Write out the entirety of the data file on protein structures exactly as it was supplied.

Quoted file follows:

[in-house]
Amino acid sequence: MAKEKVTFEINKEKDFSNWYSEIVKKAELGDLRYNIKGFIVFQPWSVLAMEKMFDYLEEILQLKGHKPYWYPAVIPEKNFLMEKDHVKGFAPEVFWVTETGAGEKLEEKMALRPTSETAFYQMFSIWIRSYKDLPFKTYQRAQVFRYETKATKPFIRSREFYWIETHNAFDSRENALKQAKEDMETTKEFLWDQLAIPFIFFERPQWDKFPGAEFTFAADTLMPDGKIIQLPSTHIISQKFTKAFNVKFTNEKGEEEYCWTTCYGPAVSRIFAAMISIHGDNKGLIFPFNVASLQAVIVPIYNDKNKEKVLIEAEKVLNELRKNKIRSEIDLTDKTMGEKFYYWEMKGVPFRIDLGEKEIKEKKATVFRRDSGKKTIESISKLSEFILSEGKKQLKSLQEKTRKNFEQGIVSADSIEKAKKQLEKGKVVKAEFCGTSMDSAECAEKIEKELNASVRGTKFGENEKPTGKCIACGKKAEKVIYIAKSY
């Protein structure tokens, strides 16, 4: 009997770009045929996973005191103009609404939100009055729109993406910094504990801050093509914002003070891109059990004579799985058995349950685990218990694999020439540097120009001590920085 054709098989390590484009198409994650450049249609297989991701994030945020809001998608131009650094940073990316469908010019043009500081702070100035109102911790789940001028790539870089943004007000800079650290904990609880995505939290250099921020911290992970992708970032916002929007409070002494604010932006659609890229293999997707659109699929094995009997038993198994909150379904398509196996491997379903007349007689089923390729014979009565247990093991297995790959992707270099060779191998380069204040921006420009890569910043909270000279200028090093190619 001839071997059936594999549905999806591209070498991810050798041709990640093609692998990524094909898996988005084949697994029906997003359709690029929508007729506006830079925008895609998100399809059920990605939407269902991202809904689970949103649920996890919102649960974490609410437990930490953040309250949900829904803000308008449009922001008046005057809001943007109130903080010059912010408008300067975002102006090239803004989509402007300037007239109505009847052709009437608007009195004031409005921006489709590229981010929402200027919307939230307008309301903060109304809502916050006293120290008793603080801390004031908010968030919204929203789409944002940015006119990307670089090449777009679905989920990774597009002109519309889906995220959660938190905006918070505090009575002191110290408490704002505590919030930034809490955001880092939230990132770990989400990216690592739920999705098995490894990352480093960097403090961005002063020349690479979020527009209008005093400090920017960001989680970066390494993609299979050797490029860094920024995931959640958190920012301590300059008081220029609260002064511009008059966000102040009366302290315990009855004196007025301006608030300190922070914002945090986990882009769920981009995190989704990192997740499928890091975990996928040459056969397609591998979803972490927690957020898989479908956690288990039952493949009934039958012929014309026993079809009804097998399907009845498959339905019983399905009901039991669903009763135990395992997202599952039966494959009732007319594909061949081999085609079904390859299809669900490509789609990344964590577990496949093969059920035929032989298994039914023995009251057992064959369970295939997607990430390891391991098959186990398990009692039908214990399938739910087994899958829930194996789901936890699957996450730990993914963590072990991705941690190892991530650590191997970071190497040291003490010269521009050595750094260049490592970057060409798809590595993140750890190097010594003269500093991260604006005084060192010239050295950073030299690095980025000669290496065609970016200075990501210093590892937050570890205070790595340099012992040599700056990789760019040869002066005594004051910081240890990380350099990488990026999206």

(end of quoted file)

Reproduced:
[in-house]
Amino acid sequence: MAKEKVTFEINKEKDFSNWYSEIVKKAELGDLRYNIKGFIVFQPWSVLAMEKMFDYLEEILQLKGHKPYWYPAVIPEKNFLMEKDHVKGFAPEVFWVTETGAGEKLEEKMALRPTSETAFYQMFSIWIRSYKDLPFKTYQRAQVFRYETKATKPFIRSREFYWIETHNAFDSRENALKQAKEDMETTKEFLWDQLAIPFIFFERPQWDKFPGAEFTFAADTLMPDGKIIQLPSTHIISQKFTKAFNVKFTNEKGEEEYCWTTCYGPAVSRIFAAMISIHGDNKGLIFPFNVASLQAVIVPIYNDKNKEKVLIEAEKVLNELRKNKIRSEIDLTDKTMGEKFYYWEMKGVPFRIDLGEKEIKEKKATVFRRDSGKKTIESISKLSEFILSEGKKQLKSLQEKTRKNFEQGIVSADSIEKAKKQLEKGKVVKAEFCGTSMDSAECAEKIEKELNASVRGTKFGENEKPTGKCIACGKKAEKVIYIAKSY
């Protein structure tokens, strides 16, 4: 009997770009045929996973005191103009609404939100009055729109993406910094504990801050093509914002003070891109059990004579799985058995349950685990218990694999020439540097120009001590920085 054709098989390590484009198409994650450049249609297989991701994030945020809001998608131009650094940073990316469908010019043009500081702070100035109102911790789940001028790539870089943004007000800079650290904990609880995505939290250099921020911290992970992708970032916002929007409070002494604010932006659609890229293999997707659109699929094995009997038993198994909150379904398509196996491997379903007349007689089923390729014979009565247990093991297995790959992707270099060779191998380069204040921006420009890569910043909270000279200028090093190619 001839071997059936594999549905999806591209070498991810050798041709990640093609692998990524094909898996988005084949697994029906997003359709690029929508007729506006830079925008895609998100399809059920990605939407269902991202809904689970949103649920996890919102649960974490609410437990930490953040309250949900829904803000308008449009922001008046005057809001943007109130903080010059912010408008300067975002102006090239803004989509402007300037007239109505009847052709009437608007009195004031409005921006489709590229981010929402200027919307939230307008309301903060109304809502916050006293120290008793603080801390004031908010968030919204929203789409944002940015006119990307670089090449777009679905989920990774597009002109519309889906995220959660938190905006918070505090009575002191110290408490704002505590919030930034809490955001880092939230990132770990989400990216690592739920999705098995490894990352480093960097403090961005002063020349690479979020527009209008005093400090920017960001989680970066390494993609299979050797490029860094920024995931959640958190920012301590300059008081220029609260002064511009008059966000102040009366302290315990009855004196007025301006608030300190922070914002945090986990882009769920981009995190989704990192997740499928890091975990996928040459056969397609591998979803972490927690957020898989479908956690288990039952493949009934039958012929014309026993079809009804097998399907009845498959339905019983399905009901039991669903009763135990395992997202599952039966494959009732007319594909061949081999085609079904390859299809669900490509789609990344964590577990496949093969059920035929032989298994039914023995009251057992064959369970295939997607990430390891391991098959186990398990009692039908214990399938739910087994899958829930194996789901936890699957996450730990993914963590072990991705941690190892991530650590191997970071190497040291003490010269521009050595750094260049490592970057060409798809590595993140750890190097010594003269500093991260604006005084060192010239050295950073030299690095980025000669290496065609970016200075990501210093590892937050570890205070790595340099012992040599700056990789760019040869002066005594004051910081240890990380350099990488990026999206």